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<body><p> </p><p>Reminder – If you are reading this post before reading my previous ones I kindly ask you to go back and read the first ones first… I’m trying to lead you through a process. Thanks :)) </p><p>So by now everything looks a little brighter – the browser is set, you have a browser tracing tool and you have seen how things looks like from your end. Hopefully (or not…) you spotted some problems and fixed them already. Never thought there is so much action behind the scenes? We are just getting started. </p><p>Today we will dive deeper into the http traces and learn some more about the client-server dialog, as well as some tuning tips on the server side that might save you some time.</p>h3. Into the deep water

<p>The http spec defines many different header names that can be used, most of them were defined in http spec version 1.0 but some are only introduced in http 1.1 spec. To add to the confusion, some of the headers are explicit (meaning you specifically define what behavior you want) and some of them have implicit meaning (you get some behavior as result of other header you defined). Add to the equation the browser version factor and you get a nice cocktail that will certainly give you a headache. You think you are bigger than that? You will be knocked down when proxy servers joins the party. Don’t tempt me. </p><p>Unfortunately (and luckily for you) I won’t be able to cover all headers or different combinations, the spec is unbelievably long and far from being easy to read or understand. I will refer to the common scenarios and naïve interpretation of the spec, I know there are always exceptions and special cases – want to share one? this is why we have the “comments” section at the bottom. <br />Let’s take an example and analyze it.</p><p>You know by now how to take HTTP traces, I will continue to use HTTPWatch for the demonstration – to see the headers of the request and response you should click the URL and navigate to the “Headers” tab. See image below.</p><p> </p><p><img  />//|height=384|alt=httpwatch headers tab|width=598|src=|border=1!</p><p> </p><p>Usually the headers are separated by line breaks and looks like <header name>: <header value> but in this tab they are displayed more conveniently (for raw data go to “Stream” tab).<br />The spec defines which values are possible for every header name.</p><p> So let’s review the more important headers.</p><p>Consider the below headers, this is the Login post:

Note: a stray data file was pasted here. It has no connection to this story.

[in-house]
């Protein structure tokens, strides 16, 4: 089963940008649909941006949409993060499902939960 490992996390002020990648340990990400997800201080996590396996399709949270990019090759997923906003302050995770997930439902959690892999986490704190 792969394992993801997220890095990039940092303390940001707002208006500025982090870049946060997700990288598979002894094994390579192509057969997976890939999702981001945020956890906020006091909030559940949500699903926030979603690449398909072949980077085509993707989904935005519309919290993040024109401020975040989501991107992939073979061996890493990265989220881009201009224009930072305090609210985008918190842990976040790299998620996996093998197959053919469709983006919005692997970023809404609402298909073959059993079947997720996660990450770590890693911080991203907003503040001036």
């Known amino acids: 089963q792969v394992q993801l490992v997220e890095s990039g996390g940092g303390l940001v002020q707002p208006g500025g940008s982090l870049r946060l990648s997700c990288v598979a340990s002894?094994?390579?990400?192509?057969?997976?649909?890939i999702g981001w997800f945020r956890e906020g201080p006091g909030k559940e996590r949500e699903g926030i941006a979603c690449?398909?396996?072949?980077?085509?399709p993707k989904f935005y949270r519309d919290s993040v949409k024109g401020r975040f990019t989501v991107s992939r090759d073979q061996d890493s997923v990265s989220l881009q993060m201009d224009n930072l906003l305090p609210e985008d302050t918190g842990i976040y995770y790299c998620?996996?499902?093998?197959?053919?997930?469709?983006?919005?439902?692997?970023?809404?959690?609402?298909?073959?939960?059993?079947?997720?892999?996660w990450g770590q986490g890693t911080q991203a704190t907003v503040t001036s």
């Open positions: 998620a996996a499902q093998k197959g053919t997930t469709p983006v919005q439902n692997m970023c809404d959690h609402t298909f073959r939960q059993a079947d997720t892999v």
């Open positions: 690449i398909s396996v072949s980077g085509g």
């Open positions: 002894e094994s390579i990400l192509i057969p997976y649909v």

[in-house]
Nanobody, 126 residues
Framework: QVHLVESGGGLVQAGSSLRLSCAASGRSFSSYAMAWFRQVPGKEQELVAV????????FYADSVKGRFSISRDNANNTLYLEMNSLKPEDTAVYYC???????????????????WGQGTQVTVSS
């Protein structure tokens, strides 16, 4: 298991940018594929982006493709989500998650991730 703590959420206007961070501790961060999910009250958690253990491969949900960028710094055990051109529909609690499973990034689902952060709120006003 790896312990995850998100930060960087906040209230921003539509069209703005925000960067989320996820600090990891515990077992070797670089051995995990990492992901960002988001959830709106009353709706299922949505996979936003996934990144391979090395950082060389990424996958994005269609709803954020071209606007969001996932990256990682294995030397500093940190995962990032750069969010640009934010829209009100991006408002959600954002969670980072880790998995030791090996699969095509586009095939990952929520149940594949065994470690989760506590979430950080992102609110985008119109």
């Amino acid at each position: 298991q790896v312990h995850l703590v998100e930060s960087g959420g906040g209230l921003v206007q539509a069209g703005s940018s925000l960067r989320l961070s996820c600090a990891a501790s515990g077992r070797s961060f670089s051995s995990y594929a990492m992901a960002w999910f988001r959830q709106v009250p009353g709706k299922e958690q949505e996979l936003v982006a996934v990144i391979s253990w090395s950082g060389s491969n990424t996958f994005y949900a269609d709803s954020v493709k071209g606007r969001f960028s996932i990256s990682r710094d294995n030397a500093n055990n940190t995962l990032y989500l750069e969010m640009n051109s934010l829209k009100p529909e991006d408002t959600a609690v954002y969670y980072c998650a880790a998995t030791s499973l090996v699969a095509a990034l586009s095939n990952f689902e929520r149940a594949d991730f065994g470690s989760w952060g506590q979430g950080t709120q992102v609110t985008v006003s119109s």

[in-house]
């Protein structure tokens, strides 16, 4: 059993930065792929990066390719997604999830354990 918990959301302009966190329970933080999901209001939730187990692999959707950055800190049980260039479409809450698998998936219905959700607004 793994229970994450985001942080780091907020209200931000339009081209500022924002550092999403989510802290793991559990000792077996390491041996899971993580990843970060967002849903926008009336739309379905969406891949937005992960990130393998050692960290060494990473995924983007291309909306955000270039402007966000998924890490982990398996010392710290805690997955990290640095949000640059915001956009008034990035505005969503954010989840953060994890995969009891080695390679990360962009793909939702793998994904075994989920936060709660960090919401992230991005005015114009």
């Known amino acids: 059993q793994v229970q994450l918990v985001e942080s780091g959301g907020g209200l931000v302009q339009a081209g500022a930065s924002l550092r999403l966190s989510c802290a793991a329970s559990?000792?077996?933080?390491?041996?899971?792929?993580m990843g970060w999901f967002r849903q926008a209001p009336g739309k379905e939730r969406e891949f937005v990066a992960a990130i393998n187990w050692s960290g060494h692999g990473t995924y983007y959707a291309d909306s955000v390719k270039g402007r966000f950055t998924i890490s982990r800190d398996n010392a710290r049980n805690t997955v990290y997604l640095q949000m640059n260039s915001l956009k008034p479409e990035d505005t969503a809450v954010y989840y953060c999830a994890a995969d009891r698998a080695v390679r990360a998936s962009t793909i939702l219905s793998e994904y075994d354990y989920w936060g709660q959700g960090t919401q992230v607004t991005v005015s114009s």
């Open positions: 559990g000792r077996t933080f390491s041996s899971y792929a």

POST /irj/servlet/prt/portal/prteventname/Navigate/../.. HTTP/1.1

Accept: image/gif, image/x-xbitmap, image/jpeg, image/pjpeg, /

Referer: http://localhost:53000/irj/portal?…

Accept-Language: en-us

Content-Type: application/x-www-form-urlencoded

UA-CPU: x86

Accept-Encoding: gzip, deflate

User-Agent: Mozilla/4.0 (compatible; MSIE 6.0; Windows NT 5.2; SV1; .NET CLR 1.1.4322)

Host: localhost:53000

Content-Length: 298

Connection: Keep-Alive

Cache-Control: no-cache

Cookie: PortalAlias=portal; saplb_*=(ilperf125_F37_30)303540750; …

POST /irj/servlet/prt/portal/prteventname/Navigate/../.. HTTP/1.1<br />First line says POST or GET, which is the http method we use, following by the requested URL and then HTTP/Referer: http://localhost:53000/irj/portal  (http://localhost:53000/irj/portal)?…<br />Who triggered this request; this is useful in case you want to trace which file caused this request to be sent.

Accept-Encoding: gzip, deflate<br />the browser explicitly specifies that it support gzip data compression, so the server can compress the response body. Just to clear things out – a) it is up to the server to decide if it wants to compress or not, b) the http headers themselves can’t be compressed; you need the headers to tell the browser that the body is actually compressed.

Cache-Control: no-cache<br />in this case the browser requests that the request-response will not be cached. This is normal for POST since it involves with submitting parameters that needs to be processed on the server.

Connection: Keep-Alive<br />this means that the browser will reuse the connection after it receives the response, unless the response specifies otherwise (like Connection: close).

+Cookie: PortalAlias=portal; saplb_=(ilperf125_F37_30)303540750; …

+On every request the browser sends the complete list of cookies that are relevant to that domain. Remember I said that the headers can’t be compressed? This is a major downside for cookies since they can be very long (and could have been easily compressed since they are textual).</p><p>And now let’s go the server response (headers received by the browser):*

HTTP/1.1 200 OK

Server: SAP J2EE Engine/7.00

Content-Type: text/html; charset=UTF-8

Content-Language: en-US

Content-Encoding: gzip

Date: Mon, 21 Jan 2008 15:29:24 GMT

Transfer-Encoding: chunked